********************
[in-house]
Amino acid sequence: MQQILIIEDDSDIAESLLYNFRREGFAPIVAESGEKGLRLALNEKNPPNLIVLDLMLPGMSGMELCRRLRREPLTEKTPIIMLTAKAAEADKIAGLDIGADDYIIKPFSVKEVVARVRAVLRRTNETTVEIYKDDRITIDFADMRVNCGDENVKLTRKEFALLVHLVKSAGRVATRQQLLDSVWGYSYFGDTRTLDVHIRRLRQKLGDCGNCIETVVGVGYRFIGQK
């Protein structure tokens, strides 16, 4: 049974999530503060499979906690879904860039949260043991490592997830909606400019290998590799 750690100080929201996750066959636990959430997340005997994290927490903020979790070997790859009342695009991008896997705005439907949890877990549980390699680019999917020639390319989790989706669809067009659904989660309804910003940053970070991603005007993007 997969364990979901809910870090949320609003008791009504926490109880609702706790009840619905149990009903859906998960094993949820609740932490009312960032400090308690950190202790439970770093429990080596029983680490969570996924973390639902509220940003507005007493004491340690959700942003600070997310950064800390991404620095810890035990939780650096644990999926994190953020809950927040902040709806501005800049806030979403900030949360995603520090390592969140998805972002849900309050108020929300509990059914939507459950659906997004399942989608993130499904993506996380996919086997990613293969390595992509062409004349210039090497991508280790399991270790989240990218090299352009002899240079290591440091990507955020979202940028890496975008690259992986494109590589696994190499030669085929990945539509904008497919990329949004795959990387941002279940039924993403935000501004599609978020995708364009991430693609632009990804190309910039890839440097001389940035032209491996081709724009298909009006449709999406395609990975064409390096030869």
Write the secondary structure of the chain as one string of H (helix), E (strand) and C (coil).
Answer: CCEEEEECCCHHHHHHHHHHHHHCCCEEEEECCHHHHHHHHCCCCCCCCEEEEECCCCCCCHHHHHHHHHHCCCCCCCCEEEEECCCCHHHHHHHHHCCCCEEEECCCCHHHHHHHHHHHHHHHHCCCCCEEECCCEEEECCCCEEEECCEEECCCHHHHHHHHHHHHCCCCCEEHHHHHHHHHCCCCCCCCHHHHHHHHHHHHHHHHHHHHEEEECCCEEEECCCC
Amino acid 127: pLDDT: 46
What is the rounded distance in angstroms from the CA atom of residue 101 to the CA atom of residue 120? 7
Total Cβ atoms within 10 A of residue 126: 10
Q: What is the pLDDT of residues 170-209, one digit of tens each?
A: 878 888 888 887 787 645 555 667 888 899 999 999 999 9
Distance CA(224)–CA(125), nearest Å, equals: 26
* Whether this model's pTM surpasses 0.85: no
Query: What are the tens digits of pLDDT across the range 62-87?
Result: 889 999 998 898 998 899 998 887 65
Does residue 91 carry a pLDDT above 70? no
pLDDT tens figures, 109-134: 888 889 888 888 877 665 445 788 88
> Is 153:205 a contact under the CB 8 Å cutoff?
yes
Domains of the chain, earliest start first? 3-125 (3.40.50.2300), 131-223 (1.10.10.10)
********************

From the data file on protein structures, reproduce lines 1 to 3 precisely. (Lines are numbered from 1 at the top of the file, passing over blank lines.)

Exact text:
[in-house]
Amino acid sequence: MQQILIIEDDSDIAESLLYNFRREGFAPIVAESGEKGLRLALNEKNPPNLIVLDLMLPGMSGMELCRRLRREPLTEKTPIIMLTAKAAEADKIAGLDIGADDYIIKPFSVKEVVARVRAVLRRTNETTVEIYKDDRITIDFADMRVNCGDENVKLTRKEFALLVHLVKSAGRVATRQQLLDSVWGYSYFGDTRTLDVHIRRLRQKLGDCGNCIETVVGVGYRFIGQK
């Protein structure tokens, strides 16, 4: 049974999530503060499979906690879904860039949260043991490592997830909606400019290998590799 750690100080929201996750066959636990959430997340005997994290927490903020979790070997790859009342695009991008896997705005439907949890877990549980390699680019999917020639390319989790989706669809067009659904989660309804910003940053970070991603005007993007 997969364990979901809910870090949320609003008791009504926490109880609702706790009840619905149990009903859906998960094993949820609740932490009312960032400090308690950190202790439970770093429990080596029983680490969570996924973390639902509220940003507005007493004491340690959700942003600070997310950064800390991404620095810890035990939780650096644990999926994190953020809950927040902040709806501005800049806030979403900030949360995603520090390592969140998805972002849900309050108020929300509990059914939507459950659906997004399942989608993130499904993506996380996919086997990613293969390595992509062409004349210039090497991508280790399991270790989240990218090299352009002899240079290591440091990507955020979202940028890496975008690259992986494109590589696994190499030669085929990945539509904008497919990329949004795959990387941002279940039924993403935000501004599609978020995708364009991430693609632009990804190309910039890839440097001389940035032209491996081709724009298909009006449709999406395609990975064409390096030869």